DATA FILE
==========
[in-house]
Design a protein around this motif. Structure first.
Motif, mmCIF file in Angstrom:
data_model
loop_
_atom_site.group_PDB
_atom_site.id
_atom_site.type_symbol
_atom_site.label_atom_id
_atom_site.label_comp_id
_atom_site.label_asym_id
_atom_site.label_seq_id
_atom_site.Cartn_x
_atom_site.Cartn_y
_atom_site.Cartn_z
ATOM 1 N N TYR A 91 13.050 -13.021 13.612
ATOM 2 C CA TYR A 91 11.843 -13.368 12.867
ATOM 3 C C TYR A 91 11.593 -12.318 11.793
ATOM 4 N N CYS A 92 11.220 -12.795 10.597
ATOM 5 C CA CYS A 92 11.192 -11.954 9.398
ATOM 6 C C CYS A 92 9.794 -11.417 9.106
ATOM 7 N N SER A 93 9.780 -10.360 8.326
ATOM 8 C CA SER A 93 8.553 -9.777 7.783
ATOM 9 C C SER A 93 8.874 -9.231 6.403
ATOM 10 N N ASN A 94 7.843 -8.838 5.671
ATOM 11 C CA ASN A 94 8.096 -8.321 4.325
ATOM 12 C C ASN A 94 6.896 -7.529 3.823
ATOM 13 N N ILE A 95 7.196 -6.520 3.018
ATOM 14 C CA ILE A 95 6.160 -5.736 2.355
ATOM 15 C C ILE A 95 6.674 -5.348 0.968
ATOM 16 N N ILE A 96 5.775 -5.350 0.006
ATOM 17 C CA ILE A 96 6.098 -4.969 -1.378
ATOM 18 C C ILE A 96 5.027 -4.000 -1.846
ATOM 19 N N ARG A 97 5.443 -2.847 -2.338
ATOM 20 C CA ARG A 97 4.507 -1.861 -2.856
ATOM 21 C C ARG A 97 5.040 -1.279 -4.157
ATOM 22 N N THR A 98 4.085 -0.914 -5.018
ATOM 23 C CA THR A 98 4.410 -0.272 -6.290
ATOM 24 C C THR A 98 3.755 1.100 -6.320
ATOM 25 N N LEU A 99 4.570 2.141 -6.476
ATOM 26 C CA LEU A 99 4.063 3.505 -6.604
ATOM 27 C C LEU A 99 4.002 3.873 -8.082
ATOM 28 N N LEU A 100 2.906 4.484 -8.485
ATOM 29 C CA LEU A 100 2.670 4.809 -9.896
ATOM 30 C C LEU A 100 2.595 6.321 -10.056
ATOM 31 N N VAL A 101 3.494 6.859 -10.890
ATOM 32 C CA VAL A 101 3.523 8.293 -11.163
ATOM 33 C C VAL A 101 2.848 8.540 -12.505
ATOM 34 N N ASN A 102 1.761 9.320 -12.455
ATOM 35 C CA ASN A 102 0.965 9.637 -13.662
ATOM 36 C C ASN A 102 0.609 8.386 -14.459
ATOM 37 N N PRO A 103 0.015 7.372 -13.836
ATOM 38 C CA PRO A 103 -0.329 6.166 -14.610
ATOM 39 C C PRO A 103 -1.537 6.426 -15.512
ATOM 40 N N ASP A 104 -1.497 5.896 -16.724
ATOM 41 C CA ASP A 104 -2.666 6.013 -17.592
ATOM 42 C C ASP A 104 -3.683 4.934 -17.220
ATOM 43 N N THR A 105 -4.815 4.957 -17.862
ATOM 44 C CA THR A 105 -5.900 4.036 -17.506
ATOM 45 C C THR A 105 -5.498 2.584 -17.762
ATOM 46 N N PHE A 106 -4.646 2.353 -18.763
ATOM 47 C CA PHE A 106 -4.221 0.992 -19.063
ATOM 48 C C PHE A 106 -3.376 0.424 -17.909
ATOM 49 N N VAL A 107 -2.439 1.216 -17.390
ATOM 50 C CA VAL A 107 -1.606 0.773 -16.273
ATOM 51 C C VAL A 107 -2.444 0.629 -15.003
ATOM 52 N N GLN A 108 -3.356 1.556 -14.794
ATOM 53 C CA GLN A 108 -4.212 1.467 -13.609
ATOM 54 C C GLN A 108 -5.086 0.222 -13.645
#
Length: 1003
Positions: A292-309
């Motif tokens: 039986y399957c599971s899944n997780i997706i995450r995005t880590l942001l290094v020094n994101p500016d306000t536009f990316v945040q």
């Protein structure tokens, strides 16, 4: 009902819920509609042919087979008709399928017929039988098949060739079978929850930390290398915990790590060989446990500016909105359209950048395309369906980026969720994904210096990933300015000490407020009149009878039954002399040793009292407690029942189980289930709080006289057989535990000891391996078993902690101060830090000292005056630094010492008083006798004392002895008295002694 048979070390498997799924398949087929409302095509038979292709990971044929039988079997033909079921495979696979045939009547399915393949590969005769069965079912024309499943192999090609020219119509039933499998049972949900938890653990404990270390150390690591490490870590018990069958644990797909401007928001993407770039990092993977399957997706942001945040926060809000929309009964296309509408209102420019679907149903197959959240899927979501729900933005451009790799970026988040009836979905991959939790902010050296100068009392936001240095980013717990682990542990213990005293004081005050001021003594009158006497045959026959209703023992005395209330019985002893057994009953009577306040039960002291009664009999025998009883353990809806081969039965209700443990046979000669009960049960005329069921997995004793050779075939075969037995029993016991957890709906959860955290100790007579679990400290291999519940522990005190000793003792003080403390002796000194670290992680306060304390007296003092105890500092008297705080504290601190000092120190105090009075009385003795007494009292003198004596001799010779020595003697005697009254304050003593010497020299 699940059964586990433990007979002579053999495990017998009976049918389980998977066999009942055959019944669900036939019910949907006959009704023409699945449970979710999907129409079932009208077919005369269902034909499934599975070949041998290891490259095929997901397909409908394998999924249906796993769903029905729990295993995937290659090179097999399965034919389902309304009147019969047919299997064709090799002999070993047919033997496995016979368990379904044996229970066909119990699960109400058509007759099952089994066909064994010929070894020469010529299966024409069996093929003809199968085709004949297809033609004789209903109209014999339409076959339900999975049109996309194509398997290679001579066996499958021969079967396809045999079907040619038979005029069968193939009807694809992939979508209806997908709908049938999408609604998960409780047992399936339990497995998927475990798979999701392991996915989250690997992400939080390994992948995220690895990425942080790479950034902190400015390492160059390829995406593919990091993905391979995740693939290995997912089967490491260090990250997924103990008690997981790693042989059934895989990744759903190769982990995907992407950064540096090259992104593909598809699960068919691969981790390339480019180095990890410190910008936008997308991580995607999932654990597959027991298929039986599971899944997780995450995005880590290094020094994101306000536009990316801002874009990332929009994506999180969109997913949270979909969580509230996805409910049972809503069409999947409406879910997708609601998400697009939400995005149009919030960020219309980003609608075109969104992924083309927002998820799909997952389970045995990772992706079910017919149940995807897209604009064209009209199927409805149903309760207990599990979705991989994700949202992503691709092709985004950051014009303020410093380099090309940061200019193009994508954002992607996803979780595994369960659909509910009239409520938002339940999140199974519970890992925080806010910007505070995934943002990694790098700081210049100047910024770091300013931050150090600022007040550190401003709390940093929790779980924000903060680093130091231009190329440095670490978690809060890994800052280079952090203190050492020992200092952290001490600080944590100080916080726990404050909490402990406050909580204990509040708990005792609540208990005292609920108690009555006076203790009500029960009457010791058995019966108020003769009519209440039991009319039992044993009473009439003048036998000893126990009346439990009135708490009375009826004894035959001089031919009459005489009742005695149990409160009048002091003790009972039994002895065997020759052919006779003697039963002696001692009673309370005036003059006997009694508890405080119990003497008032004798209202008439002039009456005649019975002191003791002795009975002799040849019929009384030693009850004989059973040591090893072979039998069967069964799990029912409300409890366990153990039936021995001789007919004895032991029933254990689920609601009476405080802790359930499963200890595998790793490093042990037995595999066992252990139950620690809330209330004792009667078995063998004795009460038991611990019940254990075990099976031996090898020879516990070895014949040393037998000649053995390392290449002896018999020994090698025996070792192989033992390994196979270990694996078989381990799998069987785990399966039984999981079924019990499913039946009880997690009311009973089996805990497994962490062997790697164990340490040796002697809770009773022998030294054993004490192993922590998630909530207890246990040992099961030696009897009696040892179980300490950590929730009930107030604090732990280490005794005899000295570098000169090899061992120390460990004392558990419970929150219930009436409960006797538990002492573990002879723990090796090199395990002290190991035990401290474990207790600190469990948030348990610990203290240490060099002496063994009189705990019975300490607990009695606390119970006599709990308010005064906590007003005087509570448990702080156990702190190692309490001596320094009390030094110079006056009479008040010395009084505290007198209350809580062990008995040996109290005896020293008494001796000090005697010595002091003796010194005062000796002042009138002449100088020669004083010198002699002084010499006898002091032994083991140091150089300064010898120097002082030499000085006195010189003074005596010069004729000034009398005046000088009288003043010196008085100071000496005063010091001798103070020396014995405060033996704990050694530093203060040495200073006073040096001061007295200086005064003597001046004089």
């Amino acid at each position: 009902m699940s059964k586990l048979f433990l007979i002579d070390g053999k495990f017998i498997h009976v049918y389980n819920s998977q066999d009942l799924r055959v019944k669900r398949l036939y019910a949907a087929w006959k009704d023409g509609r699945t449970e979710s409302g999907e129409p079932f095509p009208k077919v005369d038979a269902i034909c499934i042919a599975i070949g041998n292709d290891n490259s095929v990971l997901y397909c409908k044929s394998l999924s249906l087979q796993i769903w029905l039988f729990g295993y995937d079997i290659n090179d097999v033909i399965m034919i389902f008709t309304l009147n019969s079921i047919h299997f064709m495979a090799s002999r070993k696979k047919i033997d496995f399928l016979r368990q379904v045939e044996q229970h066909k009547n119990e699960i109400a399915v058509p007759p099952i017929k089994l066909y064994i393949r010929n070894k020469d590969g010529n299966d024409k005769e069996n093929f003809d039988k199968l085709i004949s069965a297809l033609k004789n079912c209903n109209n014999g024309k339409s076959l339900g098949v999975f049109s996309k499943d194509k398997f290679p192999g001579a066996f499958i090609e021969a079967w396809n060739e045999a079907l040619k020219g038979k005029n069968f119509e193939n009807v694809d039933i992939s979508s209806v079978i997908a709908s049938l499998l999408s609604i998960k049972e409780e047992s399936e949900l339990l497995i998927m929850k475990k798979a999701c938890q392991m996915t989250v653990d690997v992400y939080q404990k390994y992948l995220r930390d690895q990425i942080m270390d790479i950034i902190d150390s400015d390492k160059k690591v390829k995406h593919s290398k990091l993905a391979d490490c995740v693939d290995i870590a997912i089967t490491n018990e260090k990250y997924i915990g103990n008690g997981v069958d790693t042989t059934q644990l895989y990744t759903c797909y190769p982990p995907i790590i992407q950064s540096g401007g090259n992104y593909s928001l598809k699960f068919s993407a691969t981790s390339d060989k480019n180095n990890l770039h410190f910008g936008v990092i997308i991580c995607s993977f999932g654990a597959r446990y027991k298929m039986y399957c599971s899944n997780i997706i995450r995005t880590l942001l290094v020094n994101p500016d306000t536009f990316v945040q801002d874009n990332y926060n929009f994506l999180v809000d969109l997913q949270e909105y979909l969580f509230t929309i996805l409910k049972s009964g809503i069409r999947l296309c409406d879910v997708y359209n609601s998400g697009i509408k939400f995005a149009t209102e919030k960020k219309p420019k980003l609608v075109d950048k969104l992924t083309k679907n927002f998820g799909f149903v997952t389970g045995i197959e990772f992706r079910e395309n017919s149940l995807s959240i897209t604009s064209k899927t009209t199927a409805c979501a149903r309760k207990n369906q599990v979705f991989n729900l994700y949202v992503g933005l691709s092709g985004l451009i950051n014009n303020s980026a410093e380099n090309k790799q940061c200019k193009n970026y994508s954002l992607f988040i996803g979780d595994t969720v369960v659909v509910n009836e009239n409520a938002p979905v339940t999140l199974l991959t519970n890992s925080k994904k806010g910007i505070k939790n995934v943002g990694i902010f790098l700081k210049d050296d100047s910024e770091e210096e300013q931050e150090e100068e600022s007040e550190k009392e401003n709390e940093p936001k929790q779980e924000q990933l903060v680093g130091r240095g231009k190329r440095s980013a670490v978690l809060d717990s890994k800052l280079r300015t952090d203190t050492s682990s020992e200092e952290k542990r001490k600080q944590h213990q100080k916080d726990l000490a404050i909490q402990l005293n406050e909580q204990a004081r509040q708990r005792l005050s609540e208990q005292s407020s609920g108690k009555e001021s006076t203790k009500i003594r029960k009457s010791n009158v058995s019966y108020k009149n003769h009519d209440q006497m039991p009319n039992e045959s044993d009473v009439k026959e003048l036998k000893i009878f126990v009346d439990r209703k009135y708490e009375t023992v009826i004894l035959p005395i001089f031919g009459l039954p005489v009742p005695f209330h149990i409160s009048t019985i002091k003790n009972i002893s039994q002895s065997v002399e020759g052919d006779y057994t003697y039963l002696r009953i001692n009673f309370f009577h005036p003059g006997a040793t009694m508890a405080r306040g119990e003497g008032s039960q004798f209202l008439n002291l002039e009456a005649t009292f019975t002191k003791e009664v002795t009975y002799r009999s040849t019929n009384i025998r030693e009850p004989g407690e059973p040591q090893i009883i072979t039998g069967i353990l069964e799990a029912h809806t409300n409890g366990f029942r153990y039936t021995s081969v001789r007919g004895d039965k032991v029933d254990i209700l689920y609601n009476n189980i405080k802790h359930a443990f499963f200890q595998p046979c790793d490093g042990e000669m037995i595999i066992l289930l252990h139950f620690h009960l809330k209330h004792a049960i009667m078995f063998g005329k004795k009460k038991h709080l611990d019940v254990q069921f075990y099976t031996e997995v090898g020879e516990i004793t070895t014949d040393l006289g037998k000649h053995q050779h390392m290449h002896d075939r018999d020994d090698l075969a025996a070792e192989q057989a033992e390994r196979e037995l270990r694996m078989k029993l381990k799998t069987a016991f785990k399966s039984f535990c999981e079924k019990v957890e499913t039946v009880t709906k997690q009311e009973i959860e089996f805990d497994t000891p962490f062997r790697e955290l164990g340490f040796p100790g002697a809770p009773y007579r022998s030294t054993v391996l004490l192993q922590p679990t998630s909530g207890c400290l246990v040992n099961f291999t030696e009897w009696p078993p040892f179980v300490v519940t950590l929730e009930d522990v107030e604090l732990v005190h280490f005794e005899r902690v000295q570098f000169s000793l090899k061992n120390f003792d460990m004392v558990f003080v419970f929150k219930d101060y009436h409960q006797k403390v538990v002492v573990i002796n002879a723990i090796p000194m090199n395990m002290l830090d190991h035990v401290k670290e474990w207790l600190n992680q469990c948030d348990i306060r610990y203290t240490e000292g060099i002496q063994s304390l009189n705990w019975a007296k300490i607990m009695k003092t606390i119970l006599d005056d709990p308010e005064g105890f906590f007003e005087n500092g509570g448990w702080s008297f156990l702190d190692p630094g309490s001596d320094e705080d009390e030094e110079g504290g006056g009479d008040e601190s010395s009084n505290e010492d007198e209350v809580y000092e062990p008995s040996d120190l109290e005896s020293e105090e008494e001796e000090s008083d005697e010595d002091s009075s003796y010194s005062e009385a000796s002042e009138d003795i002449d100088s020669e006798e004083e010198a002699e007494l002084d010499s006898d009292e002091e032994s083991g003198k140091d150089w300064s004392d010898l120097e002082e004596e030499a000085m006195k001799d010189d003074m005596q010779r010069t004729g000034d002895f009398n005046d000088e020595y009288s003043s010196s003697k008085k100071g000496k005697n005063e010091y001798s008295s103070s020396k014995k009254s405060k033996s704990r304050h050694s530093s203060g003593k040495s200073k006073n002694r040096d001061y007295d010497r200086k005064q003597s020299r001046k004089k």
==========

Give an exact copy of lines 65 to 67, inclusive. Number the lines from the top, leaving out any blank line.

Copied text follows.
ATOM 50 C CA VAL A 107 -1.606 0.773 -16.273
ATOM 51 C C VAL A 107 -2.444 0.629 -15.003
ATOM 52 N N GLN A 108 -3.356 1.556 -14.794